The British school system raised us to think the UK isn’t racist. Well, it is

The system we grew up in neglected to teach us black history

Far-right ideologies and movements have been on the rise all across the globe and that doesn’t exclude the UK. Since Brexit, a lot of people have become more vocal about their bigotry with a “go back home” mindset. But could this all be avoided if the public actually knew how long black people have lived in the UK and what they did to build our country. We weren’t taught this in school. If you were lucky you had a bit of teaching on segregation and Rosa Parks, all America specific, as if we are not the problem. It’s not only entirely focused on a different country: it’s not enough.

Black people have lived in Britain since third century AD (according to the Notitia Dignitatum) and the earliest black settler is believed to have reached England by 210 AD. Black people have been living in Britain longer than the country has had a monarchy, so is this not our home? Black people have been born here, lived here, fought for this country, and died here. We have been currency used to build an empire but not acknowledged in its taught history. Our history did not begin with the slave trade and the prejudice against us didn’t stop after Windrush.

I remember having lessons on the slave trade and others remember just being played “Roots” in class, or the American Civil Rights movement. Our schools never mention how racism still exists today and how now, in our digital age, it is becoming more prevalent. If social institutions, specifically the education system, had been educating the population on British history, as opposed to solely white British history then, simply put, there would be less prejudice. This is because we wouldn’t have to rely on cultural assimilation to have acceptance of POC, as well as subtracting race as a factor when it comes to inter-group conflict.

Our education system has been exclusionary since it began; the fact that Britain didn’t have a Black Studies course at a UK uni until 2016 shows as much (this is now taught at Birmingham City University). An increase in representation within the education system could create an increase in engagement (specifically within the black community). This, in-turn, would lead to better grades, making it easier for black people to climb up the education ladder. It could also mean an increase in black teachers, black leaders in education and therefore more time for black history in the curriculum.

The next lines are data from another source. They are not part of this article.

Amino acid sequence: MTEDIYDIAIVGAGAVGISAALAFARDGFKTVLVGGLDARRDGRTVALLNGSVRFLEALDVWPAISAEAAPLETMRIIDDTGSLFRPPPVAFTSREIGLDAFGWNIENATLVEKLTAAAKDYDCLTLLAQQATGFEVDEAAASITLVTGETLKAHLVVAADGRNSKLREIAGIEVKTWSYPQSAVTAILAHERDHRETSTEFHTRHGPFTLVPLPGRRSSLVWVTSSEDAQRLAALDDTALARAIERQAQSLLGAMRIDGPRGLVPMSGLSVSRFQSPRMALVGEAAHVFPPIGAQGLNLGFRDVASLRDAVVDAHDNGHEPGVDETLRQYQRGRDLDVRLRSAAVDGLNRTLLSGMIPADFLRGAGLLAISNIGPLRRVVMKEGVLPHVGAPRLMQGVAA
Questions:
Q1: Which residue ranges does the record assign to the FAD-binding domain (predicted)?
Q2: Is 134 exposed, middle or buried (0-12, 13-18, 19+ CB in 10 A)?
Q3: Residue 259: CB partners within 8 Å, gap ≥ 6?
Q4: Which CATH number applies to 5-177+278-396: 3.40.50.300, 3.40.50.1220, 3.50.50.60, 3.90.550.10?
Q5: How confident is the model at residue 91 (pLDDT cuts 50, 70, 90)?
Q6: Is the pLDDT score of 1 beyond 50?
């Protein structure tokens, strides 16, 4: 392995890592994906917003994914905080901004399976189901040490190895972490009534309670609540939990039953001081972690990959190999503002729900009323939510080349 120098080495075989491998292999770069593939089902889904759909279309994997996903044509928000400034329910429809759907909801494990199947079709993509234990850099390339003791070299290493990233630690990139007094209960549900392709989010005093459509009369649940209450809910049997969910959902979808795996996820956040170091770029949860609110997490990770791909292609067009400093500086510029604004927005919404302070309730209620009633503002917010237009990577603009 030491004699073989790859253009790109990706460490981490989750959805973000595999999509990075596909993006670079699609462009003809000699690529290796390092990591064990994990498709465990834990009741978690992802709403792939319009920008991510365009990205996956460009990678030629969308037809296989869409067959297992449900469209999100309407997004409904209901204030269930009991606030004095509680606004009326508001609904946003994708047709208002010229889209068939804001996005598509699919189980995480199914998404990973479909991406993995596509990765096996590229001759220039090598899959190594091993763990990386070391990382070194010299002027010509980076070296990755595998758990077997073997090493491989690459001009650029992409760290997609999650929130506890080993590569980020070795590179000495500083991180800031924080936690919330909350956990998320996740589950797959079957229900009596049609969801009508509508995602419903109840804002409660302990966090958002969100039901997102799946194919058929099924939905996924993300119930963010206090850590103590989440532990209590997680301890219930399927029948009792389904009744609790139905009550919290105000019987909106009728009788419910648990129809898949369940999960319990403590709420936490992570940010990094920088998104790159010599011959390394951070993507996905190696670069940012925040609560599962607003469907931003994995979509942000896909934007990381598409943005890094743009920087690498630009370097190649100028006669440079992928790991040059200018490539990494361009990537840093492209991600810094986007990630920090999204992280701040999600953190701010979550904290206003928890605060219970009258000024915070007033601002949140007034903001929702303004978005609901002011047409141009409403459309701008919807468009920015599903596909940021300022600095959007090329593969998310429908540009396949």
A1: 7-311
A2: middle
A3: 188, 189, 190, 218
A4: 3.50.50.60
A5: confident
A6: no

Teachers think they can stick this on, sit back and end racism

In the media black youth are often portrayed as low achievers and seen as having less education than their white counter parts. This has contributed to two two things: stereotypes and a decrease in motivation. Growing up in Birmingham I was surrounded by different perspectives. I have had numerous black (often male Afro-Caribbean) peers tell me that they do not apply themselves because everyone expects them to fail; this thought process leads to a decline in grade average, making stereotypes of black people being uneducated seem as more “a hard truth”. Media effects the ideology of a society. Not just how we are perceived, but how we perceive ourselves. It’s dangerous.

Bob Marley once said: “If you know your history then you would know where you’re coming from.” British society not only doesn’t know its history – but has internalised its racism. Because the history is less known, people can be fooled into thinking its not as bad as America. Let me tell you, it’s just as bad. You just had less history lessons about black people – and that’s the truth.

Related stories recommended by this writer:

• Here’s how to stay safe while attending a socially distanced protest

• Being a dark skinned black woman in the UK is a whole other issue, here’s why

• Stop fighting for black culture and using the n-word, and start fighting for black rights

Photo (before edits) by Museums Victoria on Unsplash